More recently, Lt. Col. Margaret Stock of the U.S. Army Reserve and a faculty member at West Point told a reporter that the DREAM Act could help recruiters meet their goals by providing a “highly qualified cohort of young people” without the unknown personal details that would accompany foreign recruits. “They are already going to come vetted by Homeland Security. They will already have graduated from high school,” she said. “They are prime candidates.”(Citations from research by Prof. Jorge Mariscal, UC San Diego)

As you can see, our undocumented youth are being targeted by military recruiters. And equally important is something that few people have mentioned-there is no such thing as a two year military contract. Every enlistment is a total of eight years.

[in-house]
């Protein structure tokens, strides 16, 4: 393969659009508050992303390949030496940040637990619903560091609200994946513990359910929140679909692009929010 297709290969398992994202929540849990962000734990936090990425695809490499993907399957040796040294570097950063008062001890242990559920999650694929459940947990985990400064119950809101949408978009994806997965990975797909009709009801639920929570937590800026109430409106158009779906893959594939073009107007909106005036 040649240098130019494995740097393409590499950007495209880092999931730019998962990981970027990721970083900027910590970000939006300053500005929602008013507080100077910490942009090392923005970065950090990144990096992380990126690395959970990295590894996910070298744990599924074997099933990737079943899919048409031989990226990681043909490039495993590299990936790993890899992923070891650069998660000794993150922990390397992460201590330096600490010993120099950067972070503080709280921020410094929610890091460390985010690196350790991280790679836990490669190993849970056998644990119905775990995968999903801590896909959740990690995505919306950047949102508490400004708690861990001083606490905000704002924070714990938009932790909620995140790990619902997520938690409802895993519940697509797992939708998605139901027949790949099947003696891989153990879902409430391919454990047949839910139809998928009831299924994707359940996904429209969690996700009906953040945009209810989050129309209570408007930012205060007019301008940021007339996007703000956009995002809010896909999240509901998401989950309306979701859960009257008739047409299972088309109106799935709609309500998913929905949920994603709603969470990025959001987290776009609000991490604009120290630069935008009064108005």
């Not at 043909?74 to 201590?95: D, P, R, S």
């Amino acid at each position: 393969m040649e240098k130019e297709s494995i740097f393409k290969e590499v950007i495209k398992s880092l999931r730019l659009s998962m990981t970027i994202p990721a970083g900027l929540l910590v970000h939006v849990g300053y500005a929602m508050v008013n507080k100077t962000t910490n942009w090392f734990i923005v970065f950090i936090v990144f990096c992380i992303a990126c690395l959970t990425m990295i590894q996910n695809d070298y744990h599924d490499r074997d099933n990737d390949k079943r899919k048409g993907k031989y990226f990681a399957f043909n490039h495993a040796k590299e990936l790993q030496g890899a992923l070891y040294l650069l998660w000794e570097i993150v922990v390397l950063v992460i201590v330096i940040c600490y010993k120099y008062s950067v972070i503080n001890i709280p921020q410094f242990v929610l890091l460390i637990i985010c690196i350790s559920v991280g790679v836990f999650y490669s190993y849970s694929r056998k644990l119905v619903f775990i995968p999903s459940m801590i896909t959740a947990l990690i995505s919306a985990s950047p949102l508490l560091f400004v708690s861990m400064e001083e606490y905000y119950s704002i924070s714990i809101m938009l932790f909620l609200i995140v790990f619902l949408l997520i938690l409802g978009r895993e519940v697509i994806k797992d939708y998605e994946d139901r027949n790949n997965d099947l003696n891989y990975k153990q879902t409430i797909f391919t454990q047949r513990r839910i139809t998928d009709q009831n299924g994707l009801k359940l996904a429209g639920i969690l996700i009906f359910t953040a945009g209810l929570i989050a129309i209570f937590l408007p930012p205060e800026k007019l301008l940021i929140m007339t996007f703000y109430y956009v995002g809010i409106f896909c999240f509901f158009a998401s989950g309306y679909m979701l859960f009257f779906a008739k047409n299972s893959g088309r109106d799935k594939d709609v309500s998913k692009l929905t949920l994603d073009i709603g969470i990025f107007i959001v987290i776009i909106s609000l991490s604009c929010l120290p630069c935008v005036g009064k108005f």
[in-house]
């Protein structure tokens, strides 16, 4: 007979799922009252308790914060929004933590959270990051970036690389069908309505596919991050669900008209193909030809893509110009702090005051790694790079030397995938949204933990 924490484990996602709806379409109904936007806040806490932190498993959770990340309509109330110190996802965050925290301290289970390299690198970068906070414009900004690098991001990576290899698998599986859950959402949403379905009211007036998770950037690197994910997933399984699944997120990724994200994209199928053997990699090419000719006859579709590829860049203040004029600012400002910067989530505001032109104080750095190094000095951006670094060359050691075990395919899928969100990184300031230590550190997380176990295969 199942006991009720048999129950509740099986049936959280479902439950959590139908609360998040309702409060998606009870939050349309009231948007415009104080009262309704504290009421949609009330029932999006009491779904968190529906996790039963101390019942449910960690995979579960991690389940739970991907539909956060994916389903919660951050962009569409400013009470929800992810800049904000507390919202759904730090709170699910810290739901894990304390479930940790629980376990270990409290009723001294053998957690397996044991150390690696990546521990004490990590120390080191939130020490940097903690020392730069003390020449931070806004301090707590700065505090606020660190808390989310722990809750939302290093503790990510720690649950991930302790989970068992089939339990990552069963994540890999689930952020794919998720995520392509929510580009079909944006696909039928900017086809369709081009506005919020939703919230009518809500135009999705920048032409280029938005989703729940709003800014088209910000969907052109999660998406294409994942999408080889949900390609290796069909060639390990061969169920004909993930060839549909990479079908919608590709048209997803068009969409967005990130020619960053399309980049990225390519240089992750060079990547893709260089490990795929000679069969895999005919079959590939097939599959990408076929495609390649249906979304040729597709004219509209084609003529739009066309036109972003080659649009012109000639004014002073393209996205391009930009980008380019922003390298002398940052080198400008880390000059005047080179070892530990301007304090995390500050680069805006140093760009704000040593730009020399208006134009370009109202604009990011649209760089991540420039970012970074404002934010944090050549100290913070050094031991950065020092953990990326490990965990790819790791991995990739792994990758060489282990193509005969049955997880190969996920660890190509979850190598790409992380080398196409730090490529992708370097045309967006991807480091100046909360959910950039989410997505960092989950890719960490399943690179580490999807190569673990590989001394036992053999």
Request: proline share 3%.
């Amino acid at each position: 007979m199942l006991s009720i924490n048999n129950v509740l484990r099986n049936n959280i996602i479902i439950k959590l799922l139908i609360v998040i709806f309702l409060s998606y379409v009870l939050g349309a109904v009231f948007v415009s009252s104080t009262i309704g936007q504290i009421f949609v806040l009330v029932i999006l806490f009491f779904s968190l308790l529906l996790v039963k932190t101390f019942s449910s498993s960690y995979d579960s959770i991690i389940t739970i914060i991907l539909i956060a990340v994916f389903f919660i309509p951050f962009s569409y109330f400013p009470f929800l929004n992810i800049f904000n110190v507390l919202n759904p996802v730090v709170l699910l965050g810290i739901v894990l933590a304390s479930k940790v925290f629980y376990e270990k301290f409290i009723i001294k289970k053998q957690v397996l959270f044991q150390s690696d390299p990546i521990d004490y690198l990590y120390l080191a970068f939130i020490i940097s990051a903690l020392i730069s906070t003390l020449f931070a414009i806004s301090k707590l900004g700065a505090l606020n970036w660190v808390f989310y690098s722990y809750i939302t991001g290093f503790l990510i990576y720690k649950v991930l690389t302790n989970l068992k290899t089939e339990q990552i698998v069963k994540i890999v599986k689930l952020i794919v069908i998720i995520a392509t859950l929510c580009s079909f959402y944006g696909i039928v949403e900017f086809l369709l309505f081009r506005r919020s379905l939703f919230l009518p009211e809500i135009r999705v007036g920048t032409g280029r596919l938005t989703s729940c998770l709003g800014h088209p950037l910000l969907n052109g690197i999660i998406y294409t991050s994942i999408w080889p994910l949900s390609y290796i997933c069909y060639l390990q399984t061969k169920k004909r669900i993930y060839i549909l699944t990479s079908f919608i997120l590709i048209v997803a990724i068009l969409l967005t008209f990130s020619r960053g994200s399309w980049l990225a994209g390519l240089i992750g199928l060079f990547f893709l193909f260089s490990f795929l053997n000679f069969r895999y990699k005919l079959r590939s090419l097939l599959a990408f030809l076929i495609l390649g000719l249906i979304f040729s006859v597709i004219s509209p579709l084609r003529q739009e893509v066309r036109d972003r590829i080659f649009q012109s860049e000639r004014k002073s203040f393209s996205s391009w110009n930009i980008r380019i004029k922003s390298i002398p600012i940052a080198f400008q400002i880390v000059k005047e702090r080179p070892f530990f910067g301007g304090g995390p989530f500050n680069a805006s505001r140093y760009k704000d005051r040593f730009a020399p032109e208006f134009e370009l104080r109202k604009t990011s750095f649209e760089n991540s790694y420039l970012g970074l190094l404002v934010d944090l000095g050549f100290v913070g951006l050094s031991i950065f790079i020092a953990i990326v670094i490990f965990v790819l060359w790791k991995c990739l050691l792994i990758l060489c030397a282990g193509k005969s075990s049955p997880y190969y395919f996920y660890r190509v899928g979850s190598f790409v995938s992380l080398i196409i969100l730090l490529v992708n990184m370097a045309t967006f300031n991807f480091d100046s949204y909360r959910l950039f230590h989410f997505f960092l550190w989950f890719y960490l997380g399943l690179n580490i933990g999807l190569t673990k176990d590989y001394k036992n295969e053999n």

Given these facts, I invite all young people who are filled with hope and dreams and energy to fight for human rights and for a fair pathway to legalization.

But they must also demand that the military option of the DREAM Act be replaced by a community service option (as appeared in earlier drafts of the legislation) so that community service or college become the two pathways to permanent residency. Only then will they avoid becoming victimized by a criminal war as my son Jesús Alberto did when he died on March 27, 2003 after stepping on an illegal U.S. cluster bomb. Through education or community service our undocumented youth can contribute to their communities and their future will be filled with peace and justice.

Fernando Suarez del Solar

The Dream Act and the Latino Body as War Fodder